- Uber’s CEO Dara Khosrowshahi flew to London for a secret meeting with the UK capital’s transport regulator. The meeting comes two weeks after the regulator decided not to renew Uber’s London operator’s licence. The meeting won’t guarantee that Uber can keep running in London – but both sides said it was “constructive.” Uber is facing a bunch of legal problems in the UK right now, battling a sexual assault case and fights over drivers’ rights.
LONDON – Ride-hailing company Uber has issued a brief statement about its much-anticipated meeting with London’s transport regulator about regaining its licence to operate in the capital.
New chief executive Dara Khosrowshahi flew from Uber’s headquarters in San Francisco to London to meet with Mike Brown, the commissioner for Transport for London, on Tuesday.
The meeting comes around a fortnight after TfL decided not to renew Uber’s licence. The company remains operational in London, but only while it appeals TfL’s decision.
Here’s what Uber said: “Our new CEO had a constructive meeting with the Transport Commissioner this afternoon. We hope to have further discussions over the coming weeks as we are determined to make things right in London.”
The top secret meeting was held in an undisclosed location in London, and TfL representatives refused to say who else was attending.
British journalists camped out outside TfL’s headquarters in central London in the hopes of seeing Khosrowshahi, but it appears that the meeting was held elsewhere.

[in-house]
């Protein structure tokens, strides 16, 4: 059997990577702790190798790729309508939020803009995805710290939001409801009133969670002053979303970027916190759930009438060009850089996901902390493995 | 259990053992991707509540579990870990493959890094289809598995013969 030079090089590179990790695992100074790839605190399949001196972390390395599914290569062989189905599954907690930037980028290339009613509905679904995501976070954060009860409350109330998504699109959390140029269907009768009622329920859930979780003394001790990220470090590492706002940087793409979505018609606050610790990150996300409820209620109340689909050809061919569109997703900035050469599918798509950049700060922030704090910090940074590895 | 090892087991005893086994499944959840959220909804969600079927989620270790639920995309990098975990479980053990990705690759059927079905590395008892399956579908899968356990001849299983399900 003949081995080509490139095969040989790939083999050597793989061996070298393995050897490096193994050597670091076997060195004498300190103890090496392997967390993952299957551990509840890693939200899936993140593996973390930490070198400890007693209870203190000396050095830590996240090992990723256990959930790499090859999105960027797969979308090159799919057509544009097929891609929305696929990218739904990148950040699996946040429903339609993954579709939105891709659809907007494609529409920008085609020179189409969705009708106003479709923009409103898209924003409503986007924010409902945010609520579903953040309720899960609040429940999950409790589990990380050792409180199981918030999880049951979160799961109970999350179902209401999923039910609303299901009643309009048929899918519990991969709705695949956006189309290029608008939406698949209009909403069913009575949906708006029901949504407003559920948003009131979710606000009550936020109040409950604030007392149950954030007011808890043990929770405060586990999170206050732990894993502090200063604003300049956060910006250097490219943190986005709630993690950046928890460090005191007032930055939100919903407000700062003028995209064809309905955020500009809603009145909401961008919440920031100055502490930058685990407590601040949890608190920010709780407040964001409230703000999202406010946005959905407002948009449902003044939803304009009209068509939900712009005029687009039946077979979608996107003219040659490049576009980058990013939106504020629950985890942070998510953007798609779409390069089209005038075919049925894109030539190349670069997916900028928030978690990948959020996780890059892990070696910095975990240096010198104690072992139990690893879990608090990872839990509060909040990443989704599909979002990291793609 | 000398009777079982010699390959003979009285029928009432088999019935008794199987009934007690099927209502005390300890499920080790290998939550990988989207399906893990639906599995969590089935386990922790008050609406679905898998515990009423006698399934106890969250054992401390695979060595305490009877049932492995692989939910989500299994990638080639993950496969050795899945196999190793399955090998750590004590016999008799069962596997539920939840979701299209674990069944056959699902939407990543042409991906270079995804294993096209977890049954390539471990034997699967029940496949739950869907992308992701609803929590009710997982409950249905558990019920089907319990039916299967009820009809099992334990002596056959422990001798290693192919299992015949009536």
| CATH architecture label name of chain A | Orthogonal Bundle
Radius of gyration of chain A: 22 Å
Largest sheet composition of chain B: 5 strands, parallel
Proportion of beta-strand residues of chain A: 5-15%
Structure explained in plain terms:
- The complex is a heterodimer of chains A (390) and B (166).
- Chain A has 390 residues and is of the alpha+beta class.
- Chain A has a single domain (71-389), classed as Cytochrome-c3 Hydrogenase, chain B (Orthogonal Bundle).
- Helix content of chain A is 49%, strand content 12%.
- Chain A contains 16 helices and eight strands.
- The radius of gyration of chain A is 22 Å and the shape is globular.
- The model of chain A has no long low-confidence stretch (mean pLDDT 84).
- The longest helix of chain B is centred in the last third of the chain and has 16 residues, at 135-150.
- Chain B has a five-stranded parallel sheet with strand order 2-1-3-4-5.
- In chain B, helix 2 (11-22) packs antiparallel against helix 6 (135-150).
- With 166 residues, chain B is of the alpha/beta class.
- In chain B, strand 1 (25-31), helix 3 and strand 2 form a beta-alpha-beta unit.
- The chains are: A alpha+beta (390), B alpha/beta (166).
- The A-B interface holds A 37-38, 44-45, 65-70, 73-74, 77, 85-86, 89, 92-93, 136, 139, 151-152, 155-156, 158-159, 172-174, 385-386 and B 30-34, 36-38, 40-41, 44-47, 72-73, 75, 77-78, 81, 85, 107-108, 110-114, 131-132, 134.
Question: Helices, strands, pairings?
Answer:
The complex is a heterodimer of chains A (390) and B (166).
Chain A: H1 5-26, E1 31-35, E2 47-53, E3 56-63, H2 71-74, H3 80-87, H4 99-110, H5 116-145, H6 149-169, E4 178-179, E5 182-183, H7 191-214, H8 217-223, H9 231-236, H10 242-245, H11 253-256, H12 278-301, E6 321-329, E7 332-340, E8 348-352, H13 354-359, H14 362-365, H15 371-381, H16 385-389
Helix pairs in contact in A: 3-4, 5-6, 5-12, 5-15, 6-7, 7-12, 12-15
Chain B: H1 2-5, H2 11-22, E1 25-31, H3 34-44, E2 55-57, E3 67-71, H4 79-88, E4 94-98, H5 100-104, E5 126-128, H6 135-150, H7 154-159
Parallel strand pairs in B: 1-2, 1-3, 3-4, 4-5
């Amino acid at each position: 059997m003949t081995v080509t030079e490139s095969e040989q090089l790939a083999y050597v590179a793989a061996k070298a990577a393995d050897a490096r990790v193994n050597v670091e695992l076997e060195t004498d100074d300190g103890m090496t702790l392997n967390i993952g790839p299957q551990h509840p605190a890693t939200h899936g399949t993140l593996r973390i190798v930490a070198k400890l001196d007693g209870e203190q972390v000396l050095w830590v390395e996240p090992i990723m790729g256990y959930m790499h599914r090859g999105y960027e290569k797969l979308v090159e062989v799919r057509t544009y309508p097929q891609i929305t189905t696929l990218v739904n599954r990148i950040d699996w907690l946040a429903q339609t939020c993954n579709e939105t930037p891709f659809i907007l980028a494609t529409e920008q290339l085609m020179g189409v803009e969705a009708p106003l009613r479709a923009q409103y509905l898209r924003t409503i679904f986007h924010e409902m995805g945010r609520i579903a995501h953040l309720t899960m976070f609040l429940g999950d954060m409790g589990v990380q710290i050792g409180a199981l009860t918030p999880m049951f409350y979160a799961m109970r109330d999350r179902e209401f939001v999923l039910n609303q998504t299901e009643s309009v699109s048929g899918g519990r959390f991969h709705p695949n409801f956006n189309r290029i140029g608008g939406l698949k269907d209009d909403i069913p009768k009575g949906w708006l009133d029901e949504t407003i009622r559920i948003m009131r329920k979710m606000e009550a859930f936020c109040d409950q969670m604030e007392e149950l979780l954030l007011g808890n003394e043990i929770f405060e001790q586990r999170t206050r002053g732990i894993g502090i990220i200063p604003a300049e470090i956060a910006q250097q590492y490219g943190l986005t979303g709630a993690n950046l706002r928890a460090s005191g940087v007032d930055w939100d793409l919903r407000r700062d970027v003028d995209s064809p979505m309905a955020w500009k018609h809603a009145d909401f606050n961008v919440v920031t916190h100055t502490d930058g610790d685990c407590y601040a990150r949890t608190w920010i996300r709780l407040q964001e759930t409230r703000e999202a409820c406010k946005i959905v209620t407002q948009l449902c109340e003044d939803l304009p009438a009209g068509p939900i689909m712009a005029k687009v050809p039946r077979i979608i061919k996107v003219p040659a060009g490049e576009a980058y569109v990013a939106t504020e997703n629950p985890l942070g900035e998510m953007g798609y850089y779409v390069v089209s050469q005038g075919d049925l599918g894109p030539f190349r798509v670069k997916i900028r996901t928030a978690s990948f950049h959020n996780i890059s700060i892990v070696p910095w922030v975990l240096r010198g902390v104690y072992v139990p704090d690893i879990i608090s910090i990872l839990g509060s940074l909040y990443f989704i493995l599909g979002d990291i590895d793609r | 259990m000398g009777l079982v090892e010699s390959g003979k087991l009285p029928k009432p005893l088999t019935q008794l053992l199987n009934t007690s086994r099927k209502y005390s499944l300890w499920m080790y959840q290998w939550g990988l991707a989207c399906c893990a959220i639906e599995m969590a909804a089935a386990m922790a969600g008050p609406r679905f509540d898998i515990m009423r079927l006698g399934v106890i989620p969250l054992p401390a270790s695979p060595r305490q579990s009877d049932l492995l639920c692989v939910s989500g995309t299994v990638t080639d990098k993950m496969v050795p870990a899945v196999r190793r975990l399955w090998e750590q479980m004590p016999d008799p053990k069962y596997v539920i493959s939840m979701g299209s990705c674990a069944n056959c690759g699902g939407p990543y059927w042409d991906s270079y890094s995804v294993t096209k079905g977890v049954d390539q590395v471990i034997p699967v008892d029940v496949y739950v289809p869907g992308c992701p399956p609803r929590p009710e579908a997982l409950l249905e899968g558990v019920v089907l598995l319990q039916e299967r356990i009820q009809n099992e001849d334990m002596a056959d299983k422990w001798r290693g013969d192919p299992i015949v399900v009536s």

— Tom Cheshire (@chesh) October 3, 2017
Transport for London issued its own statement, saying: “Today’s constructive meeting centred on what needs to happen to ensure a thriving taxi and private hire market in London where everyone operates to the same high standards. Further steps in this process will take place over the coming weeks.”
The meeting was an attempt from Uber to build bridges with TfL, rather than something that would definitively result in the firm having its licence renewed.
- (Photo by Carl Court/Getty Images)
TfL said in September it had decided not to grant Uber a five-year operator’s licence because of the company’s approach to criminal checks on drivers, medical checks on drivers, its approach to reporting driver crime, and its potential use of its secret “Greyball” software to evade regulators. It gave Uber 21 days to appeal the process, and said the company could continue operating until the appeals process had been exhausted. That gives Uber until 13 October to lodge its appeal.
The decision came as a shock to Uber, which said its drivers went through the same checks as traditional black taxis, and that it ensured passenger safety by tracking rides with GPS. It denied using Greyball to dodge transport regulators in the UK. Uber accused TfL of putting the jobs of its 40,000 drivers at risk with the decision, and said it would fight the decision in court. Uber also launched a petition called “Save Your Uber” to drum up support from passengers, which had more than 600,000 signatures.
Though seemingly a technical regulatory issue, TfL’s ban on Uber would have considerable impact on its UK business should the decision remain permanent. Most of its drivers are located in London, and often travel more widely for fares.
Uber is fighting the ban alongside a host of other issues right now too: its most senior UK exec, Jo Bertram, quit on Monday, and it has multiple legal battles on its hands. Political party conference season also means the company is at the centre of a war of words between Labour and Conservative politicians.